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Fair Housing Council Inc. v. New Jersey Real Estate Commission

Decided: May 6, 1976.

FAIR HOUSING COUNCIL, INC., A NON-PROFIT NEW JERSEY CORPORATION, LEONCIA PORTER AND MARTIN M. FRIEDMAN, CITIZENS AND TAXPAYERS OF THE STATE OF NEW JERSEY, AND STANLEY C. VAN NESS, PUBLIC ADVOCATE OF THE STATE OF NEW JERSEY, PLAINTIFFS-APPELLANTS AND CROSS-RESPONDENTS,
v.
NEW JERSEY REAL ESTATE COMMISSION, AN AGENCY OF THE STATE OF NEW JERSEY; AND THE STATE OF NEW JERSEY, ITS OFFICERS, AGENTS AND EMPLOYEES, DEFENDANTS-RESPONDENTS AND CROSS-APPELLANTS



Matthews, Lora and Morgan.

Per Curiam

Plaintiffs challenge the statutory requirement that five of the seven members of the defendant New Jersey Real Estate Commission must be licensed real estate brokers with at least ten years' experience. N.J.S.A. 45:15-5.*fn1 Fair Housing Council is a nonprofit corporation organized to seek and promote equal housing opportunities in Bergen County. Leoncia Porter and Martin M. Friedman are officers of the Fair Housing Council. The action is also brought by the Public Advocate.

Count 1 of the complaint alleges that the statutory restrictions for membership on the Commission improperly curtail plaintiffs' rights to be appointed to the Commission and to have their views as nonbrokers "become the prevailing philosophy of the Commission," thus violating equal protection of the law. Plaintiffs, in count 2, sue as members of the public who desire to have their interests fully represented

on the Commission and allege an inherent conflict of interest in "allowing industry representatives to set enforcement policies and priorities for that industry by obtaining a majority vote on the Commission which regulates it." It is their position that the restriction on nonindustry representation violates equal protection and constitutes an arbitrary delegation of public power to a private industry, in violation of plaintiffs' due process rights. Count 3 challenges the requirement that certain Commission members be licensed brokers and have ten years' experience, alleging that a smaller proportion of individuals of racial minority backgrounds possess the 10 years' experience as brokers than the proportion of minority group individuals in the general population, thus violating equal protection concepts.

The trial judge granted defendants' motion to dismiss for failure to state a claim on which relief can be granted as to counts 1 and 2 only. Plaintiffs' motion for leave to appeal the partial dismissal was granted, as was defendants' motion for leave to cross-appeal from the trial judge's refusal to dismiss as to count 3.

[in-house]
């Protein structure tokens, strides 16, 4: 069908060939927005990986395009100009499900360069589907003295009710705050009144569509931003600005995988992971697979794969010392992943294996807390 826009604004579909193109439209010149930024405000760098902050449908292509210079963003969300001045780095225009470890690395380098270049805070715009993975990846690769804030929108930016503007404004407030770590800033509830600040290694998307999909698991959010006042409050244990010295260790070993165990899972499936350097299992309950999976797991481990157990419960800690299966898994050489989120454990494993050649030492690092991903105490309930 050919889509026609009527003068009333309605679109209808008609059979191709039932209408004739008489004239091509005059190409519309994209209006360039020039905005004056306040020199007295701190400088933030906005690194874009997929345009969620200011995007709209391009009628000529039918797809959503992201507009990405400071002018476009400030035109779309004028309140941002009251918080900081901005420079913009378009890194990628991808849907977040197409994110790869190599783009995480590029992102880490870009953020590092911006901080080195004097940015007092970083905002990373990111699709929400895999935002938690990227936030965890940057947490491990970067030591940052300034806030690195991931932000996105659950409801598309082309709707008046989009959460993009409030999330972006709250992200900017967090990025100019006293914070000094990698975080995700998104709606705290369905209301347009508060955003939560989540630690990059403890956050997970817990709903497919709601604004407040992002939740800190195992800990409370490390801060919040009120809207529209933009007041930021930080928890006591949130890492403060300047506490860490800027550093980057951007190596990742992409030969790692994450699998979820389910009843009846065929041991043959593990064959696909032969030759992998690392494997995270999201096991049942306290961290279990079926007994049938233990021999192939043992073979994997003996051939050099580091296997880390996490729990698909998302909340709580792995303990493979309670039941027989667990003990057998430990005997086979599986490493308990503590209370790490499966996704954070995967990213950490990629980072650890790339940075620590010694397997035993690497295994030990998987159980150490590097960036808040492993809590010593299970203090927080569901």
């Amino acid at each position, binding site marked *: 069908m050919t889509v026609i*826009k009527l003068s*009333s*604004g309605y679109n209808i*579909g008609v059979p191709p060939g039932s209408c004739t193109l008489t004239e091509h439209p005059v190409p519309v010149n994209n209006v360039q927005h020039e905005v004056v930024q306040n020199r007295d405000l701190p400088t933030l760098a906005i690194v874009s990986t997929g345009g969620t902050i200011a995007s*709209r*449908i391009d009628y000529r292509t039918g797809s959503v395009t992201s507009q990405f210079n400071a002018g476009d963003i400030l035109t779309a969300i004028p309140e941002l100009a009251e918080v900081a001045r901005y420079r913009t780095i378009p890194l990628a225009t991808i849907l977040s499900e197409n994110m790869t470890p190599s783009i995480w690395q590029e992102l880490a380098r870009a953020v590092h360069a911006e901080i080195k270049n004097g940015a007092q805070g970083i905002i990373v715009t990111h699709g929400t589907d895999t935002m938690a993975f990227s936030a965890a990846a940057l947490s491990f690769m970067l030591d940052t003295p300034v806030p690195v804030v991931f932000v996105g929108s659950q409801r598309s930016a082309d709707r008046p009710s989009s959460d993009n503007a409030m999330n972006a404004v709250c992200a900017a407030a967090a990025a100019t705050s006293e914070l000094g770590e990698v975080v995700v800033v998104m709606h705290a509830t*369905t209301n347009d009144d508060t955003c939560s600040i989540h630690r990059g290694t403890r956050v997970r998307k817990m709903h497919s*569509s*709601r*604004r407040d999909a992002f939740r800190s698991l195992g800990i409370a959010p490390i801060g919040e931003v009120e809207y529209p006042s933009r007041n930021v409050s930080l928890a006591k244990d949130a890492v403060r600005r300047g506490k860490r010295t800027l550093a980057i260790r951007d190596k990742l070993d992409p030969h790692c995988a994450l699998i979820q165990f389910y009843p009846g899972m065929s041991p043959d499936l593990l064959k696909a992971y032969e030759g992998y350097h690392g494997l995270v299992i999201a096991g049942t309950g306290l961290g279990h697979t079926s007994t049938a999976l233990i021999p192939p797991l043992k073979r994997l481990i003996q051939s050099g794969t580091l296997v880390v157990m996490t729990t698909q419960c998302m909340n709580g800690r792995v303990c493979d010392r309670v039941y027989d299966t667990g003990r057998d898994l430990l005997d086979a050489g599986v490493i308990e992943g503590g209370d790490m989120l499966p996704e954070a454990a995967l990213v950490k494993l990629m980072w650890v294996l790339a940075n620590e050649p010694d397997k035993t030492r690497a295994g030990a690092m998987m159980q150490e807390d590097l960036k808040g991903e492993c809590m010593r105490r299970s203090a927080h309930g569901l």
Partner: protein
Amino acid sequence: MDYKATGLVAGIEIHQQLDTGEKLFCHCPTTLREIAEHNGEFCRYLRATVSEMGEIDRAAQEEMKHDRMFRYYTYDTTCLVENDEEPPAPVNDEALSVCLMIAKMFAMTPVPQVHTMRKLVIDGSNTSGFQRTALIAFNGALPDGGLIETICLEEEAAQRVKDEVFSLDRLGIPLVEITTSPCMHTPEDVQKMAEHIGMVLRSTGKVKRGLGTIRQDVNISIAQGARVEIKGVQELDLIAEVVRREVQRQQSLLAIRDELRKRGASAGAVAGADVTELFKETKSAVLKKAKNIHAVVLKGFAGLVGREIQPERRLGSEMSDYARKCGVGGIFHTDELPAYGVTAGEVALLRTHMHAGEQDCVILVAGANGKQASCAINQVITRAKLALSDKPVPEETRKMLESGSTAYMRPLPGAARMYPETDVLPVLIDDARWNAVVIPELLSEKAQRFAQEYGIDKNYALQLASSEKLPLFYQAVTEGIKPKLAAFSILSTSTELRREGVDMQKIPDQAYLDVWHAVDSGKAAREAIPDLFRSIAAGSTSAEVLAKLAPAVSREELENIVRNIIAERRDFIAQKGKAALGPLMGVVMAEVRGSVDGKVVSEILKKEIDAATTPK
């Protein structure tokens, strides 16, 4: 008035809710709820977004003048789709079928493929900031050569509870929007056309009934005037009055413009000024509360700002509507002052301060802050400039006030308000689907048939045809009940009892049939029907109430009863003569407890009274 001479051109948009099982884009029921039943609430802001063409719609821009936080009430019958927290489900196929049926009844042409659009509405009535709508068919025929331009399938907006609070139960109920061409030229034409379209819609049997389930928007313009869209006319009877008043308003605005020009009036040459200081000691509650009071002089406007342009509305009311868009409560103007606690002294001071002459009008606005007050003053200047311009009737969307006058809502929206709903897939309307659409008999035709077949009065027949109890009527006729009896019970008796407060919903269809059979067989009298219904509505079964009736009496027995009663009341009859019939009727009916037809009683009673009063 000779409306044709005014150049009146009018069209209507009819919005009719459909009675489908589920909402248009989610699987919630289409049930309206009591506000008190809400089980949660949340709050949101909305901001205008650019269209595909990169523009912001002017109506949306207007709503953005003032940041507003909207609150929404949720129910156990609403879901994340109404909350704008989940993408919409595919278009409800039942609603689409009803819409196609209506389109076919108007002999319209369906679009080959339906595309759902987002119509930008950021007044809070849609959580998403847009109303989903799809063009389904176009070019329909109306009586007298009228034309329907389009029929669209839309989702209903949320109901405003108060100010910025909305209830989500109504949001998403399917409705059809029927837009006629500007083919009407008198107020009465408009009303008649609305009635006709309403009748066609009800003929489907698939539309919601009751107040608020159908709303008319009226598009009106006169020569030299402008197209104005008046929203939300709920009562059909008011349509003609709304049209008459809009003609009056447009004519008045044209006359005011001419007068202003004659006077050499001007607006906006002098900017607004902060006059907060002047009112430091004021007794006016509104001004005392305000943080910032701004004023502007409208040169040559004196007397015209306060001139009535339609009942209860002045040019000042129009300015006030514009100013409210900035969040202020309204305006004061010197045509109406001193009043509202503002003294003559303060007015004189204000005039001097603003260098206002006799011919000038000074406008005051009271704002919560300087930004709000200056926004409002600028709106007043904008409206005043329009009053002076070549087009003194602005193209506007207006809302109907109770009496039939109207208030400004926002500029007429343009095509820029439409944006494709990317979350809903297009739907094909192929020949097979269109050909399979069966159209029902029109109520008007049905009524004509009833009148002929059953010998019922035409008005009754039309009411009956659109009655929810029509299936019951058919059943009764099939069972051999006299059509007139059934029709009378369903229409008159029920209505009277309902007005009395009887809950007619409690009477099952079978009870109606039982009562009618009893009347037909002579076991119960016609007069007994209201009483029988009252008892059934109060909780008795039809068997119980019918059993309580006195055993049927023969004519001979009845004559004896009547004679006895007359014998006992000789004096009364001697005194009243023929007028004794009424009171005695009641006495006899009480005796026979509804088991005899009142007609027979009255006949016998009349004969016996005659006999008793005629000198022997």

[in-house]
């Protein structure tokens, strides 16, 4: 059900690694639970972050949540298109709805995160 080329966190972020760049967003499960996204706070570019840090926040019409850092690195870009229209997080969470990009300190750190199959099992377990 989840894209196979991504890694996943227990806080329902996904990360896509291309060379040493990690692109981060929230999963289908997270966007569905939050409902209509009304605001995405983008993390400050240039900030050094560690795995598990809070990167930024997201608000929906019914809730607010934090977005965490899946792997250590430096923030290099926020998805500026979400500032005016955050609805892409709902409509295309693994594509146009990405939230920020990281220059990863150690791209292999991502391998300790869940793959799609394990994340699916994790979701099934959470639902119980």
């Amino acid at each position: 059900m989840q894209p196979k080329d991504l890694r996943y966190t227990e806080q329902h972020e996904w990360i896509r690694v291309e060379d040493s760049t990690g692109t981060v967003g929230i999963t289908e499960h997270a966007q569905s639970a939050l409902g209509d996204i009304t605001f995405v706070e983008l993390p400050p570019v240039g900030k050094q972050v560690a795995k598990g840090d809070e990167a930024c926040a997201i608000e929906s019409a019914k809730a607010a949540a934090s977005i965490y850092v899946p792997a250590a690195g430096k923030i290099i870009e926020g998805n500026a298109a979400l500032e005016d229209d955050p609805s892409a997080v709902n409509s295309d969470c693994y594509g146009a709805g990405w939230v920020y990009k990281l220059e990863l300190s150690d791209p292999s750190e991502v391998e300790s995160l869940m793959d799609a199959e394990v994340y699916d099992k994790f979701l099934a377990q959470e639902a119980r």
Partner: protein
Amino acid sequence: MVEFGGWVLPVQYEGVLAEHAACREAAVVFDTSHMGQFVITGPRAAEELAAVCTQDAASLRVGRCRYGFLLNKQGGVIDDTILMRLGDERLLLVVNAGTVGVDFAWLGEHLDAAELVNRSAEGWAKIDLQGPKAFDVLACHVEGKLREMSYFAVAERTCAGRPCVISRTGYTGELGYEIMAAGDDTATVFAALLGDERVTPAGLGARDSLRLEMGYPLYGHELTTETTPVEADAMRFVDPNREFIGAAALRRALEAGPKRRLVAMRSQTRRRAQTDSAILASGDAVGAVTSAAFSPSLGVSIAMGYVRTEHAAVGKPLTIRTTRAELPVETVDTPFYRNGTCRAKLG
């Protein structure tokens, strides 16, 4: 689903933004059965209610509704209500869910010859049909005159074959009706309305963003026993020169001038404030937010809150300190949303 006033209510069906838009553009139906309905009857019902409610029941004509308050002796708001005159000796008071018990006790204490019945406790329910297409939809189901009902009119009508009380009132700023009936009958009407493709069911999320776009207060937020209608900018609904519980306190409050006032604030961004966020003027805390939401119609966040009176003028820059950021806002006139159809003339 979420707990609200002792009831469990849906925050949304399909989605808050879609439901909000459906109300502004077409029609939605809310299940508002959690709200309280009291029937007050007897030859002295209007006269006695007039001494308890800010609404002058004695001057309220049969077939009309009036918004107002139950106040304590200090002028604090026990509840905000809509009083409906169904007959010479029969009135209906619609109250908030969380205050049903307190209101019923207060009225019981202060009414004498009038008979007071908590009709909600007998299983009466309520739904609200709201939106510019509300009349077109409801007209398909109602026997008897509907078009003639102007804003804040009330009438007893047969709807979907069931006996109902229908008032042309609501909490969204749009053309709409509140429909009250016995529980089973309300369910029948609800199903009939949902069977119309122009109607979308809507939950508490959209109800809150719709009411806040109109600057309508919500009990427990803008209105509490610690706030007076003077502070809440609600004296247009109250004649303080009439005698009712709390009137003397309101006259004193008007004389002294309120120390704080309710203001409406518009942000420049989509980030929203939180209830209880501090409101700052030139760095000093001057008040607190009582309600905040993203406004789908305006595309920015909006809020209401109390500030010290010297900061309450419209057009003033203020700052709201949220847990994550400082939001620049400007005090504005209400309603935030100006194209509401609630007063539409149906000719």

Plaintiffs contend that the trail judge erred in dismissing counts 1 and 2 and that the case is justiciable. They assert that the dismissal on the basis of the pleadings and the motion to dismiss is in contravention of Two Guys from Harrison, Inc. v. Furman , 32 N.J. 199 (1960). We disagree.

The remand for trial ordered in that case was obviously bottomed upon the doubts which even the majority of the Supreme Court entertained concerning the rationale of the merchandise classifications within the New Jersey Sunday Closing Law which proscribed the sale of certain goods on Sunday while permitting the sale of other goods. We do not construe Two Guys to require an evidentiary hearing whenever, as here, a constitutional challenge is directed toward a legislative enactment. In their brief in support of their motion for leave to appeal plaintiffs represented that they proposed to present at trial:

Expert testimony by public administration specialists on the efficacy of self-regulation and an analysis of the effect of industry domination of the commission on its performance with regard to the promulgation of regulations protecting consumers, establishment of enforcement priorities, inducing racial minority entrance into the industry, public criticism of the industry, etc.

and the transcript of the argument before the trial court reveals that plaintiffs wanted "to develop a lot of strong discovery" concerning the statutory qualifications for appointment.

However, the only function of the trial judge was to determine whether, as a matter of law, there existed a "conceivable state of facts" supporting the regulatory system which the Legislature had chosen. Wilson v. Long Branch , 27 N.J. 360, 377 (1958); cert. den. 358 U.S. 873, 79 S. Ct. 113, 3 L. Ed. 2d 104 (1958); Reingold v. Harper , 6 N.J. 182, 196 (1951). The judicial function is a limited one -- to determine whether it is possible to conclude that the legislative decision is without rational basis. Stated in another way, one who attacks a legislative enactment must negate every conceivable basis which may reasonably support the legislative action. Jamouneau v. Harner , 16 N.J. 500, 515 (1954); cert. den. 349 U.S. 904, 75 S. Ct. 580, 99 L. Ed. 1241 (1955); N.J. Restaurant Ass'n v. Holderman , 24 N.J. 295, 300-302 (1957); Indep. Electr., etc., Assn. v. N.J. Bd. of Exam'rs. etc. , 48 N.J. 413 (1967).

It is settled that with respect to qualifications for office holding, the Legislature may prescribe qualifications which reasonably relate to the specialized demands of an office, whether that office be elective or appointive. Alongi v. Schatzman , 57 N.J. 564, 577 (1971); Kohler v. Barnes , 123 N.J. Super. 69, 83 (Law Div. 1973). But see, Humane Soc. of U.S. v. N.J. State Fish and Game , 129 N.J. Super. 239 (Ch. Div. 1974), certif. granted 69 N.J. 398 (1975), which held that the Legislature could ...


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